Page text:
Removing lead from a barrel [Archive] - Glock Talk

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AZson
01-03-2010, 19:51
Whats your best technique for removing lead from a barrel?:headscratch:

fredj338
01-03-2010, 21:04
Easiest, get some CHoreBoy copper wool. Wrap some around an old bronze bore brush. Put a patch of Kroil or bore solvent into the bbl first then start scrubbing w/ the copper wool. Won't hurt the bbl & pulls the lead out in 3-4 passes, 7-8 if it's really bad. Follow w/ an oiled patch, done.

Boxerglocker
01-03-2010, 21:41
Easiest, get some CHoreBoy copper wool. Wrap some around an old bronze bore brush. Put a patch of Kroil or bore solvent into the bbl first then start scrubbing w/ the copper wool. Won't hurt the bbl & pulls the lead out in 3-4 passes, 7-8 if it's really bad. Follow w/ an oiled patch, done.

Works like a charm! :supergrin:

sig357fan
01-03-2010, 21:41
^^^^^^ what he said^^^^^^:thumbsup:

DustyJacket
01-03-2010, 22:24
Lewis Lead Remover, if you don't like chemicals.

PCJim
01-03-2010, 22:59
What Fred said. You can do this without the solvent to remove the lead first, then clean as normal. Be sure the Chore Boy scouring pad that you get is all copper and not copper-plated steel. Check it with a magnet.

dudel
01-04-2010, 03:44
Whats your best technique for removing lead from a barrel?:headscratch:

For really leaded barrels, Outers Foul-out.
http://www.midwayusa.com/viewproduct/?productnumber=243419

Clean down to the atom level.

Jumper
01-04-2010, 05:09
For really leaded barrels, Outers Foul-out.
http://www.midwayusa.com/viewproduct/?productnumber=243419

Clean down to the atom level.

I have one and I don't recommend it. Its messy, usually requires several do-overs and there is nothing easy about it.

Uncle Don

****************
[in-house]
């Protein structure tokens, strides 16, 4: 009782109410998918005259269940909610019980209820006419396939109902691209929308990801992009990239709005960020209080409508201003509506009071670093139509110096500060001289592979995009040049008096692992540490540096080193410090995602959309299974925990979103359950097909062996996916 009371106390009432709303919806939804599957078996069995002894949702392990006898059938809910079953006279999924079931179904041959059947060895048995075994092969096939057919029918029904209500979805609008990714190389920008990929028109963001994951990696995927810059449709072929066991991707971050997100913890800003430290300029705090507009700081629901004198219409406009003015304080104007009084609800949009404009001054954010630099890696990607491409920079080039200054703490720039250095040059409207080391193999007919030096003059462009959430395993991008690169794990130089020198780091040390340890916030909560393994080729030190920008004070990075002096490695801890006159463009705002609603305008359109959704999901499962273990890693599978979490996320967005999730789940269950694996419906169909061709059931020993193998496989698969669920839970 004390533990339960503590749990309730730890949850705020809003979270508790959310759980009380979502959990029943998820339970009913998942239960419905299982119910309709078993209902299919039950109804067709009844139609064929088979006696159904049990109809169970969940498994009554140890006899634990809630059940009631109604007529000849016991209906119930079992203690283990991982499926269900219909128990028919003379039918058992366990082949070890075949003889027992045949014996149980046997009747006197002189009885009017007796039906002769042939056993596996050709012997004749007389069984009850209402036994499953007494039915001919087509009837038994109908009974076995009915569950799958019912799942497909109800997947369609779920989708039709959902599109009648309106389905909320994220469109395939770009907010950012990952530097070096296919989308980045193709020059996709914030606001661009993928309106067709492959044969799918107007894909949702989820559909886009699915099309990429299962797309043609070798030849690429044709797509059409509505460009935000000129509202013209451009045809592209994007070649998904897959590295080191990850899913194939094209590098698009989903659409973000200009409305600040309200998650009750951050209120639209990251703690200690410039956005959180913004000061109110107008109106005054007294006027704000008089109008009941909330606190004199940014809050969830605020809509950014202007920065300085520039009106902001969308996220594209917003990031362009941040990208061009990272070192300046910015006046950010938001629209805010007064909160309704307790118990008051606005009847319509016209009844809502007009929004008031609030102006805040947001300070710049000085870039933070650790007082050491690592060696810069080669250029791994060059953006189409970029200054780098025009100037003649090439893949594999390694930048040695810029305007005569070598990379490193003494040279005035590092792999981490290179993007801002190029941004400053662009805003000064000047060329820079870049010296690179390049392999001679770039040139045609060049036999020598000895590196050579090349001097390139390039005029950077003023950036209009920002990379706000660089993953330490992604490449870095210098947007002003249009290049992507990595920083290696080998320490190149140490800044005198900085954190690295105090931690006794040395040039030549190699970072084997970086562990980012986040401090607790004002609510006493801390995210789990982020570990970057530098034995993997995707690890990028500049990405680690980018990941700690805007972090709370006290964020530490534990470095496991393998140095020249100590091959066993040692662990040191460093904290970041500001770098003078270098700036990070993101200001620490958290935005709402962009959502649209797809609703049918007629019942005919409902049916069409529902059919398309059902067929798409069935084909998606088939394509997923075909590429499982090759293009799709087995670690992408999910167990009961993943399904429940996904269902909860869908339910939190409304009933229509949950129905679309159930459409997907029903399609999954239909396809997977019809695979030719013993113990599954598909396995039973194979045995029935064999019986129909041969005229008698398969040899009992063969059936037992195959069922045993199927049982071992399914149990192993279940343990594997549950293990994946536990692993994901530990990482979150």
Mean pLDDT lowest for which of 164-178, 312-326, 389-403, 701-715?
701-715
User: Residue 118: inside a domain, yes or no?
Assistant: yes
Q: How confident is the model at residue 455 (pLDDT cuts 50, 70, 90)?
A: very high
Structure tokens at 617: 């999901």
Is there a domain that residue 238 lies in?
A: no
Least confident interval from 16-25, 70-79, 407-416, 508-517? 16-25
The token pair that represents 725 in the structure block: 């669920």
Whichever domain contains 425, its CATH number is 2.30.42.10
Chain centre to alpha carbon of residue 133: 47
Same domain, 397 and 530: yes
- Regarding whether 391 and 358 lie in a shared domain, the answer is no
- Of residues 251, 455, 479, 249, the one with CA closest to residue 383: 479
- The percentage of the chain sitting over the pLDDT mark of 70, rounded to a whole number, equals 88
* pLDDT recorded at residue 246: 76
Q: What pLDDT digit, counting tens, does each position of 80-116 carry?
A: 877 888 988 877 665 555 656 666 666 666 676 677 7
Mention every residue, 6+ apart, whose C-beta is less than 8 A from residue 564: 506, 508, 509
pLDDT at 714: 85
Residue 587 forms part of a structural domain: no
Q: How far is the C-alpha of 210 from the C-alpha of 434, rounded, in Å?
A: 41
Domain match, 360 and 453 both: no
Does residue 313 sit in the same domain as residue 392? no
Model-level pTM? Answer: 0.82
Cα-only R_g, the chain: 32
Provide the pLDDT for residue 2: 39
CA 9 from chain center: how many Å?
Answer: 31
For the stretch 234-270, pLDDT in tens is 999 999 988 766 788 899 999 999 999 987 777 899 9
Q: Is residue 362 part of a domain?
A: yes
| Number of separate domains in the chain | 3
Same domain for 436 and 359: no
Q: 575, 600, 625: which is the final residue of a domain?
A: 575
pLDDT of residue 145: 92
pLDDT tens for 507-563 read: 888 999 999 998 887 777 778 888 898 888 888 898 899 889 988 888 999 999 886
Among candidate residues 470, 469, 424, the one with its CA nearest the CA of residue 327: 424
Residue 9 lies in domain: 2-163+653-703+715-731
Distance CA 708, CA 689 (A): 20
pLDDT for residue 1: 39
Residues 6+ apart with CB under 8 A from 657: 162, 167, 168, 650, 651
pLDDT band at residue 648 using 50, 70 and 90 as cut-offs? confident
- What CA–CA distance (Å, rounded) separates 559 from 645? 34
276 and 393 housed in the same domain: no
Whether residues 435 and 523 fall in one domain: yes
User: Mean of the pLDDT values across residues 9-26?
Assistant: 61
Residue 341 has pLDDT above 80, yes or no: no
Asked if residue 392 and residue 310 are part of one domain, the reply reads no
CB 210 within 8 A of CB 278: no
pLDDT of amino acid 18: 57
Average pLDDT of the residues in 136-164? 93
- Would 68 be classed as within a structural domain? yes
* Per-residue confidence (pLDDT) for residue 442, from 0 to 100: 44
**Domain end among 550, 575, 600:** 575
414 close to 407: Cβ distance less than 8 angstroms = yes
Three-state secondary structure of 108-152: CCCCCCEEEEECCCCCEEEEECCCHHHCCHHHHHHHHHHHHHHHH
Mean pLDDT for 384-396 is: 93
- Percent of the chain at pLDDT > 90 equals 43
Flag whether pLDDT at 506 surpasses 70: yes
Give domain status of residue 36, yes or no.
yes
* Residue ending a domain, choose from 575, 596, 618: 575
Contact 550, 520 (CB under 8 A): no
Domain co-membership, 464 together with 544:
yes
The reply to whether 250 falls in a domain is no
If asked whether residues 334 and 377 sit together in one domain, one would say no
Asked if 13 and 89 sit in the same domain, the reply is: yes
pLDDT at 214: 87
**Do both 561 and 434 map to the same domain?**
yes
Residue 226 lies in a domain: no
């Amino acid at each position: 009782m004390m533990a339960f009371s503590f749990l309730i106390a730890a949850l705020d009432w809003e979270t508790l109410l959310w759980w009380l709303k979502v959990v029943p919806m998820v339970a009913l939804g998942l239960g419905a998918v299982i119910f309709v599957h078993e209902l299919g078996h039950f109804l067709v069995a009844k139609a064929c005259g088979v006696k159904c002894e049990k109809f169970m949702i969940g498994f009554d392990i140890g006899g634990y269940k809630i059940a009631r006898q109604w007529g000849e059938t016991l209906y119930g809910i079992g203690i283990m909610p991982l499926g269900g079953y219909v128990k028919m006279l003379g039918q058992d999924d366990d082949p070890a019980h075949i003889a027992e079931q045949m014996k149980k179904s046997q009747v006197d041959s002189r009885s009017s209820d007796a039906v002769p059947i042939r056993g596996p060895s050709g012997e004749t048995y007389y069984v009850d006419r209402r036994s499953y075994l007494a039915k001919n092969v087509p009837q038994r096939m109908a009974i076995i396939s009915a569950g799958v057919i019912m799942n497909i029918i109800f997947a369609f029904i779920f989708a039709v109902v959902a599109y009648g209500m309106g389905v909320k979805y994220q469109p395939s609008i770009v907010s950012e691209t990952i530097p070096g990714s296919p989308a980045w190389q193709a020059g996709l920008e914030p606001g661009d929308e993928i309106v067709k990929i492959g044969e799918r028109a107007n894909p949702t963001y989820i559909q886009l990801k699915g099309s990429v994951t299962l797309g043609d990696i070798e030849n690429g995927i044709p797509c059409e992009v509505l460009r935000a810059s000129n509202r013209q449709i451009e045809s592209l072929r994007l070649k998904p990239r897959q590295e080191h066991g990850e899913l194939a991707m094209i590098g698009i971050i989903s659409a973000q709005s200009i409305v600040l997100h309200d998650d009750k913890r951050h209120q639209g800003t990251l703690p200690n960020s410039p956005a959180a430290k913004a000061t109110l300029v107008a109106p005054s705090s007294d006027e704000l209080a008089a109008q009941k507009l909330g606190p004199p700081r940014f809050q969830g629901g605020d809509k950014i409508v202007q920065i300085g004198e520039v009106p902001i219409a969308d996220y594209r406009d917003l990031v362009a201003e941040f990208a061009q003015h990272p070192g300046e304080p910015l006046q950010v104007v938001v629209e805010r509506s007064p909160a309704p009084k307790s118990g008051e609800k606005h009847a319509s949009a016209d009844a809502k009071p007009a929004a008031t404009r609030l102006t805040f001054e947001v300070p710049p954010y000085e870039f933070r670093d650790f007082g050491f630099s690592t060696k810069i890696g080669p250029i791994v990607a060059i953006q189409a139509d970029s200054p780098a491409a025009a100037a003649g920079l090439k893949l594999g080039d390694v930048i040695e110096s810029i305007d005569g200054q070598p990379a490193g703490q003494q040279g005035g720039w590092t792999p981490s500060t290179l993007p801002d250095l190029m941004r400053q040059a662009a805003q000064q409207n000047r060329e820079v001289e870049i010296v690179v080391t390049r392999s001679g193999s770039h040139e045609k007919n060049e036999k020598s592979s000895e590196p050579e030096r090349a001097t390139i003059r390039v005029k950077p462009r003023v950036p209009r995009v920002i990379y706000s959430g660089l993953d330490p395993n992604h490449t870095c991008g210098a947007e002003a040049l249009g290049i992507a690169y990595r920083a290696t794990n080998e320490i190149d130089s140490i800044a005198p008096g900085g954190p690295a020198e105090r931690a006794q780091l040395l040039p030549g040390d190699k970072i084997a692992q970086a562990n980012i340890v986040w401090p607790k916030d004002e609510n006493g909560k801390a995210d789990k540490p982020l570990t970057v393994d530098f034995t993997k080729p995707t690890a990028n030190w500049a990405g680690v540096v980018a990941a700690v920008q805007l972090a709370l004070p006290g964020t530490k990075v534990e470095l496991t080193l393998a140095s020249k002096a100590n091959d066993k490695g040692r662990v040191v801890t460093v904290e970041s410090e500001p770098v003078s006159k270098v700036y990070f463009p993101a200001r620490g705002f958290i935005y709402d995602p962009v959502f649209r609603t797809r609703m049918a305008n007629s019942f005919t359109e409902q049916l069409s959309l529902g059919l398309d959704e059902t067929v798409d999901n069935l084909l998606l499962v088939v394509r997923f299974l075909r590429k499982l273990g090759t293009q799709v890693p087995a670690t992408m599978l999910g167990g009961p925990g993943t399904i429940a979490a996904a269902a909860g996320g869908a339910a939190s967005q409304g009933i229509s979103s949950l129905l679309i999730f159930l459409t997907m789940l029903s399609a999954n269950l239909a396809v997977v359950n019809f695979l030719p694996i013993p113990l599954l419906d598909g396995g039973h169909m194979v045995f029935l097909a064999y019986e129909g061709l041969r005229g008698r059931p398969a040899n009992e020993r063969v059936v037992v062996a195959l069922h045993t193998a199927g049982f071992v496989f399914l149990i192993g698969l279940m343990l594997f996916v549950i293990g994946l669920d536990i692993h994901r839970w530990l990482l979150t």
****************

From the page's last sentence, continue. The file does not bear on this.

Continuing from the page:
01-04-2010, 06:44
It's controversial - but a 50/50 mix of hydrogen peroxide and vinegar is supposed to remove lead pronto. However, I have also heard that left too long, it' not good on the bbl. I haven't tried it to know.

Not sure what the truth is, but I tend to try and avoid by using alox with lead bullets. Granted, it's slightly smokier, but my bbl is always mirror clean.

Hoser
01-04-2010, 08:47
Shoot jacketed...

Patrick Graham
01-04-2010, 08:48
All of the above plus if the leading is real bad a guy should probably look into the cause.

CA Coach
01-04-2010, 09:28
For really leaded barrels, Outers Foul-out.
http://www.midwayusa.com/viewproduct/?productnumber=243419

Clean down to the atom level.

I have one too, and I think it works great. No lead when it's done with no scrubbing the barrel needed.

fredj338
01-04-2010, 13:16
Lewis Lead Remover, if you don't like chemicals.
You still need solvent to remove carbon & if applyed first, it helps loosen the lead for easier/faster removal. I like the Foul out, but I can clean my bbl in the time it takes to set the Foul Out up. The LLR is good, but still needs solvent to clean the carbon out & you have to buy those stupid llittle brassmesh screens. One box of ChoreBoy for like $2 will last you at least 5yrs of cleaning.
Shooting jacketed, well. that's just cheating, not to mention way more expensive.:tongueout:

dudel
01-04-2010, 14:22
I have one and I don't recommend it. Its messy, usually requires several do-overs and there is nothing easy about it.

No problem with mine. Plug the barrel, stand it up, insert the rod w/orings, fill the barrel, hook it up and run. I use the same time as I do on the tumbler. After an hour or so, the rod is plated with lead or copper.

Disconnect, remove from stand, drain, remove plug, run dry patch, run patch with lube and done. I know I should degrease the barrel first, but it hasn't made much difference for me, so I don't.

I don't use it for all cleaning, but when a barrel gets leaded from trying new casting metal or loads, it works great.

For me, the key was to fill it when the rod was in place. If you fill the barrel, then put the rod in, you displace some of the liquid. That's messy. I also tend to use the smallest orings supplied. It lets the liquid get down quicker.

Otherwise, it's cleaner than foaming bore cleaner.

It's also fun to do to a friend's barrel after he thought it was "clean".

rickyc2
01-04-2010, 14:25
You should not be shooting lead bullets in a Glock... Taboo:crying: